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The Curt Sheller Trio..Midnight At The Jazz Cafe..CDMJ1 2002
CD Reviews / CD Reviews
Date: Jun 29, 2004 - 08:01 AM
By John Gilbert
Straight ahead jazz that goes right to the heart of hip is what you hear on this solid recording by guitarist Curt Sheller (aided and abetted) by Daoud Shaw on drums ad Steve Beskrone on the bass.
This album contains a mixture of standards, with a couple of original tunes, all of which are done tastefully, and that makes this a most enjoyable listening experience.
Sheller has complete command of his instrument which translates into solos both sensitive and fresh with ideation throughout.
From "There Will Never Be Another You" to the Original "Kelle Belle" Sheller weaves a tapestry of melodic beauty. The latter tune is an impish ode that lopes along in a stylish strut that is made for toe tapping and a smile or two.
For the afficionados of trio jazz, this is as good as it gets...You won't find clutter and dissonance on this CD, only the finest of music arranged to suit the most discriminating tastes. 5 Stars
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The Curt Sheller Trio: Midnight at the Jazz Cafe
The Curt Sheller Trio's "Midnight at the Jazz Cafe" is a very pleasant and enjoyable CD with an appropriate title because as I sit here listening to the warm tones of Sheller's playing I get a feeling of sitting in some cozy jazz club on a cool rainy night, listening to great tunes played by a small group of friends.
This is not a CD that attempts to assault the listener with ego or insistent playing. Rather, it is an album that clearly realizes the beauty of the melodies of each tune played. Tunes like "There Will Never be Another You", "Black Orpheus", "My Favorite Things", "Milestones", "Autumn Leaves", "So What", "Cute" and other standards, are performed with deference to the musical statements that can be found within the harmonic and melodic content of each tune, as are the two original tunes written by Sheller: "Kelle Belle" and "Midnight Cafe". In other words, there is some nice playing going on here.
Sheller's single line playing is smooth and straightforward with an effortless quality that can only be portrayed by someone who has been playing and listening for some time. And his chordal work is skillful with fat sounding voicings that work very well in this trio setting. Just check out the gorgeous chordal arrangement Sheller comes up with on the original tune "Woman Child" (written by producer Chuck Anderson). Very nice indeed.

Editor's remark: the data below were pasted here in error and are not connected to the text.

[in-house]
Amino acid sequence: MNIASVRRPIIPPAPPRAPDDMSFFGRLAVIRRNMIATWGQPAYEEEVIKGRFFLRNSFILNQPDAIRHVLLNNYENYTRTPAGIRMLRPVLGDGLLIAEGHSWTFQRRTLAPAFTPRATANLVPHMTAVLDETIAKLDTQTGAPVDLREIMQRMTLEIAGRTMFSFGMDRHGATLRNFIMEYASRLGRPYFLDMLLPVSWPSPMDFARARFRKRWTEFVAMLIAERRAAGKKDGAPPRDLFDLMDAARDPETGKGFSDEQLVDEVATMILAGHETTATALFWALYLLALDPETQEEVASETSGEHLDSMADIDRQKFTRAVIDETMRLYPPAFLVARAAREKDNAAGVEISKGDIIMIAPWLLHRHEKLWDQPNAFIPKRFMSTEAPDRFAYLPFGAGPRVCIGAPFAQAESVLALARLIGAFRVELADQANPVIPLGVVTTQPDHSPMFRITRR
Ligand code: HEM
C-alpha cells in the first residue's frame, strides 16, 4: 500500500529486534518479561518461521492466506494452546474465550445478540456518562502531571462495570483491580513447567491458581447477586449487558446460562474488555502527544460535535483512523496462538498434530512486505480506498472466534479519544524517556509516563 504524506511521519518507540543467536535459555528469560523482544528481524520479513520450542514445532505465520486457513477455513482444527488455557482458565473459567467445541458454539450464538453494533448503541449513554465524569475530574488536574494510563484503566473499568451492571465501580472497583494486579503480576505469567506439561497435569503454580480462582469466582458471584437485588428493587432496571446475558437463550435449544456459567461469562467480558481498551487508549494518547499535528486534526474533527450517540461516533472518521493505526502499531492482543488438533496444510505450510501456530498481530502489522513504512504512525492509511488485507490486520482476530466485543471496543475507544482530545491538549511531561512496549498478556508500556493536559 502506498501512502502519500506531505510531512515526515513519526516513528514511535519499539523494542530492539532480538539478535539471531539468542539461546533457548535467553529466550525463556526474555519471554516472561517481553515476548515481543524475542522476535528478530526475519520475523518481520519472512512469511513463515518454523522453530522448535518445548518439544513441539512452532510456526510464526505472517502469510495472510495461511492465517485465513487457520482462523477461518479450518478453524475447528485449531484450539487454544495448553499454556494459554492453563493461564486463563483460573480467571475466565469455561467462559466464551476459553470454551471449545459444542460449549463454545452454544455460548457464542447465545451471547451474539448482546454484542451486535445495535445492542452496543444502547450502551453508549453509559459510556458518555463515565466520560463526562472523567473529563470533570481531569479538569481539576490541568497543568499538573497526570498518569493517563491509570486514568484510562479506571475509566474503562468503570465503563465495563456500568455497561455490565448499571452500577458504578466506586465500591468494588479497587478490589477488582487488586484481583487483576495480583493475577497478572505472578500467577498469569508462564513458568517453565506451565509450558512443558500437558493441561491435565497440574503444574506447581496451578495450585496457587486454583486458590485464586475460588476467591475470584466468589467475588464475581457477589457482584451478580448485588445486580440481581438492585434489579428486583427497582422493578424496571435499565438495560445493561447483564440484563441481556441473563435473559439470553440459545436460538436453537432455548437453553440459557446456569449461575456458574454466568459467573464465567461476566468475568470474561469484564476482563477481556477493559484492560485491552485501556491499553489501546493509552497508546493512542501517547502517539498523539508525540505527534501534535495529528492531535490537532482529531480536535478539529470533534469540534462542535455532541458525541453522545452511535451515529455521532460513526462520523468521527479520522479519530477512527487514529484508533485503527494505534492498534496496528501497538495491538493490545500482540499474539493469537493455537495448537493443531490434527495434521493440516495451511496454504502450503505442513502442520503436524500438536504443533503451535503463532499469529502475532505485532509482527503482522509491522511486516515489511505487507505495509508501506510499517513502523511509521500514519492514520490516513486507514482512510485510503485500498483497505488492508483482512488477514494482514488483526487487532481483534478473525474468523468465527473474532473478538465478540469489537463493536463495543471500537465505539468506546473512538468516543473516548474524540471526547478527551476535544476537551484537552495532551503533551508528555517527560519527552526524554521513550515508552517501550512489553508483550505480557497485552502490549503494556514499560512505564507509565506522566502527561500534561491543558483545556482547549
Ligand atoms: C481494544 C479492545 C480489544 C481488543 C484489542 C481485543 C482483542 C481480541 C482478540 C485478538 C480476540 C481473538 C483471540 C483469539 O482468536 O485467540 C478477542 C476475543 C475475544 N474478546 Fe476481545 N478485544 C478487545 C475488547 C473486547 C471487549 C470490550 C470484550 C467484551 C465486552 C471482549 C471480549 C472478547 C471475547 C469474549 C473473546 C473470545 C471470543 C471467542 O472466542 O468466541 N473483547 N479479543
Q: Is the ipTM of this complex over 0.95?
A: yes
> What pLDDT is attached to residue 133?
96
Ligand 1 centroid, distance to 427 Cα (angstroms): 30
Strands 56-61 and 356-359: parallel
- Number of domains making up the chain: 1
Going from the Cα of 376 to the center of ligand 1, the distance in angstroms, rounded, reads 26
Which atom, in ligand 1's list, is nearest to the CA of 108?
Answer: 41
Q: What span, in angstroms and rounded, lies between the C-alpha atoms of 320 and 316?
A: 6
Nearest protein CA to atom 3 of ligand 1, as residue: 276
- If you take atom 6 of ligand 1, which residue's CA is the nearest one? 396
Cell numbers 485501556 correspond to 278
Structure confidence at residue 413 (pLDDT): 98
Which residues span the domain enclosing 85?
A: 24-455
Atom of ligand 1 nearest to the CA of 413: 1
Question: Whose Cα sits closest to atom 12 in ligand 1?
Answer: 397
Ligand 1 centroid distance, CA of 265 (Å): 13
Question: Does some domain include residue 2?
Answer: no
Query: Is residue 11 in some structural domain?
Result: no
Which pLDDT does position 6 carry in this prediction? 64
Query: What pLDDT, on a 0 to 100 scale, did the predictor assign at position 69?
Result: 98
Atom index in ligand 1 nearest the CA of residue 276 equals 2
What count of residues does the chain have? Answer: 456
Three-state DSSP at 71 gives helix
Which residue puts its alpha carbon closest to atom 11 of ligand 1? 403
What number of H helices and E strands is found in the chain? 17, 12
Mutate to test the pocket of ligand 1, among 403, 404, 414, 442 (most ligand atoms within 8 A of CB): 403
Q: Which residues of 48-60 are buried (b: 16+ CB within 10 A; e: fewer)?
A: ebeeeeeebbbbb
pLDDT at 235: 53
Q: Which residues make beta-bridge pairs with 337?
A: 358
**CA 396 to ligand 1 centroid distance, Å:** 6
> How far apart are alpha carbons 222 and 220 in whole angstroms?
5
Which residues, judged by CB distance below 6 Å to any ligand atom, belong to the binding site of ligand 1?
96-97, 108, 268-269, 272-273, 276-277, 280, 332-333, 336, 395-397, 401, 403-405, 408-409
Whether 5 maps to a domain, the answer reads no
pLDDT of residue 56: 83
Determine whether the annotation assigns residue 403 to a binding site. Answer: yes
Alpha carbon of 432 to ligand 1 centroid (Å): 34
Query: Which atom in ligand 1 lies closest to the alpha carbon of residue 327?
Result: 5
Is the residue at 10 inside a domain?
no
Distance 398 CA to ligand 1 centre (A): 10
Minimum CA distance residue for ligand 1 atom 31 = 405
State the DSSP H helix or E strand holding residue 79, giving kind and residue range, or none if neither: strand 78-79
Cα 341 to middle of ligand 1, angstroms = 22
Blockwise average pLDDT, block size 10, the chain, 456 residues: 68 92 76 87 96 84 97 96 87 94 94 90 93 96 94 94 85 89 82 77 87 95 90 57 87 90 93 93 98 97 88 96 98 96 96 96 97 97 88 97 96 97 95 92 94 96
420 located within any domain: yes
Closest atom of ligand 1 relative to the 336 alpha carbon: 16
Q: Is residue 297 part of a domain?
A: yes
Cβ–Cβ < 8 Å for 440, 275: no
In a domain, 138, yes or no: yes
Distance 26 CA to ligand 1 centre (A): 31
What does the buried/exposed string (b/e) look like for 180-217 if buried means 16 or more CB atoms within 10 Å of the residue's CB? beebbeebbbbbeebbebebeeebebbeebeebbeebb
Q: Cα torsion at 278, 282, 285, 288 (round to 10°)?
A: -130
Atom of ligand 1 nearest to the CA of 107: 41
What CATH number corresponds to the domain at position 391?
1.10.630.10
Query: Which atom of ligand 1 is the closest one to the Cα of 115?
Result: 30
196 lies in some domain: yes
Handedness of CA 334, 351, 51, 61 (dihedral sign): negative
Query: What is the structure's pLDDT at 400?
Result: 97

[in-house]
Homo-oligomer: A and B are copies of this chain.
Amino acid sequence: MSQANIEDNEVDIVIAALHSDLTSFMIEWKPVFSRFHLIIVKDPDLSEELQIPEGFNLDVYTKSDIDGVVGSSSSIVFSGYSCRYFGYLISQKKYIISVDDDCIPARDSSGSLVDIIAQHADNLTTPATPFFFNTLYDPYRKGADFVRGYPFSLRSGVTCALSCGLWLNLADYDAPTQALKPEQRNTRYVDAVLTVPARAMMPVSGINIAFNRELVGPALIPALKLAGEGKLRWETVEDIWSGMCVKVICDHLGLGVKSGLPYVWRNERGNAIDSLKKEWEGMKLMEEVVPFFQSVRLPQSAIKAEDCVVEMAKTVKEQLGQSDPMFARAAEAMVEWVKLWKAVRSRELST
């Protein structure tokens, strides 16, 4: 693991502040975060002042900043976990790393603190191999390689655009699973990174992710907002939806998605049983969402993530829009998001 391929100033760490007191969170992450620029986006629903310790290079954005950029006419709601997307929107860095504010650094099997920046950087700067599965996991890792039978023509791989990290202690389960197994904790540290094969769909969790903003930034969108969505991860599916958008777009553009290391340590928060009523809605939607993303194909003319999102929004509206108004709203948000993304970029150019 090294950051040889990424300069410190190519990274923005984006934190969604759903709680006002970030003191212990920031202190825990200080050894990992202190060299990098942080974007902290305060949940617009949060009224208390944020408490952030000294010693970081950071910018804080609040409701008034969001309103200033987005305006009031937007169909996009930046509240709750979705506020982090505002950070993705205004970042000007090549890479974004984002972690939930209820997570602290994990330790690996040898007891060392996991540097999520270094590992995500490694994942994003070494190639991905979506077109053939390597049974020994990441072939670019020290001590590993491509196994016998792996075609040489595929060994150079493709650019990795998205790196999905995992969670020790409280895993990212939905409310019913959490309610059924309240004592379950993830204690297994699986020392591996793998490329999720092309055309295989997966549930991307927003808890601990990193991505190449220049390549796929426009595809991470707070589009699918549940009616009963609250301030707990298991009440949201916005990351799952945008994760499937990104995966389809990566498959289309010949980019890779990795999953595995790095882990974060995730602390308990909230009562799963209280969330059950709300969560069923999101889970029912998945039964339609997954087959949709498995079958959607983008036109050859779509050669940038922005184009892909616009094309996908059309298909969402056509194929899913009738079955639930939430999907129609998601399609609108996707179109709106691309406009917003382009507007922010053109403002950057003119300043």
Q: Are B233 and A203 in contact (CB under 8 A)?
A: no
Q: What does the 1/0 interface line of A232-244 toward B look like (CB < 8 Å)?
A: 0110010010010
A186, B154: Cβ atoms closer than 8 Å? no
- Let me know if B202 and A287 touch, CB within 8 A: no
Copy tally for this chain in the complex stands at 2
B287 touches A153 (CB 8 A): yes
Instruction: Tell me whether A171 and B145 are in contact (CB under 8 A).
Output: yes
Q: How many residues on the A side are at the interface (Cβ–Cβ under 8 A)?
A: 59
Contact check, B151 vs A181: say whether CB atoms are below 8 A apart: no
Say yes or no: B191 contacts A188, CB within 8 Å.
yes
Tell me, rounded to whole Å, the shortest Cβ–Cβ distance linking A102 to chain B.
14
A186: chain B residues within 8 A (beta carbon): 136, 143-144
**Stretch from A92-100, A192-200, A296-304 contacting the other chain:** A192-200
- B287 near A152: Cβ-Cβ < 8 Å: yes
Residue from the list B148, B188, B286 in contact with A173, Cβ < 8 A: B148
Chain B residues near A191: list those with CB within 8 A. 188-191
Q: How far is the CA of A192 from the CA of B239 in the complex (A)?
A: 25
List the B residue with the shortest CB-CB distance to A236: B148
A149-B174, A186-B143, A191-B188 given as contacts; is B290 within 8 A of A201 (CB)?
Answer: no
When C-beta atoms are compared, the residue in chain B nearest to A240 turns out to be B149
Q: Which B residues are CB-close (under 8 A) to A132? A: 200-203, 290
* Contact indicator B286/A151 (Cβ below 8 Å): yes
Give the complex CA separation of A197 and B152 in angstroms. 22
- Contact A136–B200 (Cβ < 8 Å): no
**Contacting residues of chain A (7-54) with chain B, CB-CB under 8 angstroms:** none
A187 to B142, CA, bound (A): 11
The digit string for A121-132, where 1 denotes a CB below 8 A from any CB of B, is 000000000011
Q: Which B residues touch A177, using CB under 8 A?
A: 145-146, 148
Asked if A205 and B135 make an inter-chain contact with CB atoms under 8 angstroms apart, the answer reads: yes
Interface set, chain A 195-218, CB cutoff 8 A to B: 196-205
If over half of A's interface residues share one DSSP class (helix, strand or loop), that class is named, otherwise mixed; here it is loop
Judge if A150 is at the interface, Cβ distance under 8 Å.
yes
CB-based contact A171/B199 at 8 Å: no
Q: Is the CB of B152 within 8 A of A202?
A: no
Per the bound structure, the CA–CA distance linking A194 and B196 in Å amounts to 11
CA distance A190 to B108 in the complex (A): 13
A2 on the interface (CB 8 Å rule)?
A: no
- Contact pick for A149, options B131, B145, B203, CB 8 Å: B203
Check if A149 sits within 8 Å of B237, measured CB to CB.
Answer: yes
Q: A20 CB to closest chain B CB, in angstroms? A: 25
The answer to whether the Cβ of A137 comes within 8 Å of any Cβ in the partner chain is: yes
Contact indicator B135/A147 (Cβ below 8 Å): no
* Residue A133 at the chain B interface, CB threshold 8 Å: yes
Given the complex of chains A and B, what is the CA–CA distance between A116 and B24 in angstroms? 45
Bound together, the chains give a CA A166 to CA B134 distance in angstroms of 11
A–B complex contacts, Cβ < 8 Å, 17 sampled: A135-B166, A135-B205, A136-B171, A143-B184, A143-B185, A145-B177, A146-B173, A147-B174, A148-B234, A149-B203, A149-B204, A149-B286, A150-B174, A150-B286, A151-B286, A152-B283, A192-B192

The remaining members, Daoud Shaw on drums and Steve Beskrone on electric bass, complement Sheller's playing by providing a strong rhythmic foundation for Sheller to play off of. However, Beskrone gets off some nice solos on a few tunes showing that he can grab the spotlight when need be.
Overall, this is a very nice CD to have in your collection and I look forward to hopefully more Midnight visits to the Jazz Cafe.
Go to www.jazzguitarresources.com/cds.html to purchase "Midnight at the Jazz Cafe" or to see what else Curt Sheller has to offer.
Lyle Robinson - www.JazzGuitarLife.com
Midnight At The Jazz Cafe
The Curt Sheller Trio | Curt Sheller
Jazz guitarist Curt Sheller is an instuctor/musician who hails from Pottstown, Pennsylvania and performs in the greater Philadelphia area. On his first album he has provided thirteen tracks that consist of largely the Great American Songbook and jazz standards plus two originals and one composition from his mentor, Chuck Anderson.
Let's give some credit to Curt Sheller for having the sense to select ten songs that are fine examples of musical architecture of the Twentieth Century. It would be hard, in a mainstream setting, to mangle any of these tunes, and in the format of the Curt Sheller Trio, he fully succeeds. From a standpoint of categorization, the album could be placed in a "dinner jazz" setting, either by listening to the CD or imagining the trio performing live in a restaurant environment.
The pleasure of basking in the aural presentation of such songs as "When Sunny Gets Blue," "Black Orpheus" and "There Will Never Be Another You" is the melody itself and one is reminded of the countless times that these tunes have been heard without tiring of them. Sheller's originals, "Kelle Belle" (for his daughter) and "Midnight Cafe," are decent enough to not stand apart from the other tracks.
- Michael P. Gladstone
The URL for this review is: www.allaboutjazz.com/php/article.php?id=14567